Several Arrests in Germany after Crackdown on Cryptocurrency Electricity Hijack

Police in Klingenthal – a town in the Vogtland region, Germany – has arrested five men and woman for allegedly stealing a significant amount of electric power to mine cryptocurrencies. It’s not the first time that people have been arrested over claims of mining millions of dollars-worth of cryptos using stolen power; similar cases have been reported ever since the boom of cryptocurrency mining.

Crypto mining is basically profitable in countries where electricity is cheap. Sadly, it is not cheap enough to make crypto mining profitable In Klingenthal. A sum of 121 people in total that include police officers, mobile force tasks, prosecutors, and tax inspectors had been searching for various properties in the Zwickau area and Vogtland. They found exactly what they were looking for in a small town of Klingenthal.

The operation specialists discovered a large-sized computer farm especially designed for mining. There was a total of 49 computers in operation and 30 of them were equipped with mining specific hardware. 80 graphics cards were installed in the system. This illicit crypto mining operation was hidden under industrial shelters, which illegally received electricity, bypassing the meter.

According to the operation specialists, this crypto mining farm was in operation since early 2017 and believed that it had consumed as much electricity as 30 households which is equivalent 220,000 euros. For over two years the mining farm operators had stolen an enormous amount of utility to mine the popular cryptocurrencies such as Bitcoin and Ethereum.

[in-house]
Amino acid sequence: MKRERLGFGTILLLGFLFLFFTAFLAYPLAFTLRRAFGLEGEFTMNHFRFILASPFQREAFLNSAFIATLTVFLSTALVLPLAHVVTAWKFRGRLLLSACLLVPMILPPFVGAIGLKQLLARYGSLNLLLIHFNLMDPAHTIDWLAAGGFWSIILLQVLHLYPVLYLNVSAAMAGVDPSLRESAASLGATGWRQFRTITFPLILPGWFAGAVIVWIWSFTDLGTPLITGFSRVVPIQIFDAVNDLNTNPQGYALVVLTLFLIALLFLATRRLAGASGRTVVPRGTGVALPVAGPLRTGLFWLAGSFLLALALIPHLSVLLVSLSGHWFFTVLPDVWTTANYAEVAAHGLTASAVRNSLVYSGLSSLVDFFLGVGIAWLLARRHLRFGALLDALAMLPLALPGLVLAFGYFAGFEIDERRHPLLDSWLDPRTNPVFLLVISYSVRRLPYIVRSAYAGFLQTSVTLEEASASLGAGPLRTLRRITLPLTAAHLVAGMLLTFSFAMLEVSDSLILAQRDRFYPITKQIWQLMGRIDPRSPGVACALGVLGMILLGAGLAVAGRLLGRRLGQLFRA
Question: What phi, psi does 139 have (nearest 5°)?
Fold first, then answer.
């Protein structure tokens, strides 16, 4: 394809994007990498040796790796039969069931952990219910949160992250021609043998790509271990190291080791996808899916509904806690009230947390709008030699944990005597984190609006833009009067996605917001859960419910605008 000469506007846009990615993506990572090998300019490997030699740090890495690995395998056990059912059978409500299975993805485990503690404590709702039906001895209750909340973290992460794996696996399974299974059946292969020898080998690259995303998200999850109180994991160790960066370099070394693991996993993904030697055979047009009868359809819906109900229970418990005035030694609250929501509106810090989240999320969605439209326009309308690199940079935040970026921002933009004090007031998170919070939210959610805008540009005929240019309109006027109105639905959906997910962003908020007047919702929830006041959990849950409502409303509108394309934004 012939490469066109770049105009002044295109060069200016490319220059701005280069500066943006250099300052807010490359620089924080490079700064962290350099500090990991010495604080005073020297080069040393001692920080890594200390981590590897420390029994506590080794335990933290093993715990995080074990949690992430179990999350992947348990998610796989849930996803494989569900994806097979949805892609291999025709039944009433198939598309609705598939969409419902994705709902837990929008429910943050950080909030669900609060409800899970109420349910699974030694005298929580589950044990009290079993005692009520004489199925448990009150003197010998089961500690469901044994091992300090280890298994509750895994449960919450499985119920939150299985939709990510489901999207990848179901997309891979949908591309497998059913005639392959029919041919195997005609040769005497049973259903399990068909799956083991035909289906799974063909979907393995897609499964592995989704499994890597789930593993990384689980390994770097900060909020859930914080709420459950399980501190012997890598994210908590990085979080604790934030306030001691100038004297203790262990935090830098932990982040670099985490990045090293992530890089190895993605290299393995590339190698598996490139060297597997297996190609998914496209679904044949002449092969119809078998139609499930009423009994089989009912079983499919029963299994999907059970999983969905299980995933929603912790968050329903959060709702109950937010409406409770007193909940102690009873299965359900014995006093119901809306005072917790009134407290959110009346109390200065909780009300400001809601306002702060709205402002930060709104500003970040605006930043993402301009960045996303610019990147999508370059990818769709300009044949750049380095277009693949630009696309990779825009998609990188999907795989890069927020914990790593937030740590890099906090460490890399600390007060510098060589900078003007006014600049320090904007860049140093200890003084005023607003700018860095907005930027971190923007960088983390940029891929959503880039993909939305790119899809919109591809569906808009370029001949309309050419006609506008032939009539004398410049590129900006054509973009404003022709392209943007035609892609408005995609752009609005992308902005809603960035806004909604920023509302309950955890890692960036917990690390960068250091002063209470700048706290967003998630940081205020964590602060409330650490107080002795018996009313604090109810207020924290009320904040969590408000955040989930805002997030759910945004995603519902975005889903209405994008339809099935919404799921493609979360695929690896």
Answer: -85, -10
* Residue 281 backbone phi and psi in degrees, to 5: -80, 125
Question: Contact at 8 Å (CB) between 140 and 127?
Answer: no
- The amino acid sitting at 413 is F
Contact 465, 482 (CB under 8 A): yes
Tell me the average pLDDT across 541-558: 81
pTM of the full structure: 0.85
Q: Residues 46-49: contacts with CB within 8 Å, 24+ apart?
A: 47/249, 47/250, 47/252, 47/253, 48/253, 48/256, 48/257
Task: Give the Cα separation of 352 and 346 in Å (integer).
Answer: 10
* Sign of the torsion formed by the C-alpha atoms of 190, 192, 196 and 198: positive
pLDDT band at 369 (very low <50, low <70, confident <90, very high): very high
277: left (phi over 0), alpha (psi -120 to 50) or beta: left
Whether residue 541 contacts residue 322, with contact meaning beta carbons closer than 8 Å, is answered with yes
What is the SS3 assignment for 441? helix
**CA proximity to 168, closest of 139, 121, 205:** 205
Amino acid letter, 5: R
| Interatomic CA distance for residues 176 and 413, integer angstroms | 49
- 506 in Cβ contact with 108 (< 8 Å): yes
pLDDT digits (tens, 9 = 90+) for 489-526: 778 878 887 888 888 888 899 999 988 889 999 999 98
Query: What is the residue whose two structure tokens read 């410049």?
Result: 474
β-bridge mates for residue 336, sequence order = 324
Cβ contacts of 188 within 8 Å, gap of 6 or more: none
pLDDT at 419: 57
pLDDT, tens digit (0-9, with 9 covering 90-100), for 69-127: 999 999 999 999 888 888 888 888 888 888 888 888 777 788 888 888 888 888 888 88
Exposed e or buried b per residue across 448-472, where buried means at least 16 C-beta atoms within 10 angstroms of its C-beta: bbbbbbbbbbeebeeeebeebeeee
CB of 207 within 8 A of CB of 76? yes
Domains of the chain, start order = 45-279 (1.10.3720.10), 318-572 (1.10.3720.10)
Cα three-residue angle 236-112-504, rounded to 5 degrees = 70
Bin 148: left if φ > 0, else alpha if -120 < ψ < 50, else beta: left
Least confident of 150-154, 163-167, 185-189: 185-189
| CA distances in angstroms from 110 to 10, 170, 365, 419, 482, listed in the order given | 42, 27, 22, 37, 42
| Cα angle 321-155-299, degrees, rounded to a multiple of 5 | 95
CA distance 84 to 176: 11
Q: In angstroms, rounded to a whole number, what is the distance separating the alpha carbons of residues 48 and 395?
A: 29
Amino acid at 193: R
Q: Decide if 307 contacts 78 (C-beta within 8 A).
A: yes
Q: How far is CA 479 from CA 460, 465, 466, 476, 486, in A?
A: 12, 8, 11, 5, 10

Other popular Bitcoin-like cryptocurrencies exist on distributed networks called blockchain and their price is determined solely by demand – they are not feasible and have no intrinsic value. The longer the chain, the greater the computational effort and ultimately electric power requirements. These computers or so-called miners contribute their computational power to solve the blocks that are added to the blockchain, and the network remunerates them with the rewards in the form of cryptocurrency.

This type of crypto mining is extremely profitable if operated in countries with low energy costs such as China. Andreas Ittner, Professor of Informatics and Distributed Information Systems at Mittweida University of Applied Sciences, said on Wednesday that power-related mining is occasionally reported from China: “There, employees of power plants are stealing their computers secretly.”

Mining cryptocurrencies in a country like Germany where the electricity prices are relatively higher will get the miners nothing unless they have the intention to start illicit mining operation as the one mentioned above.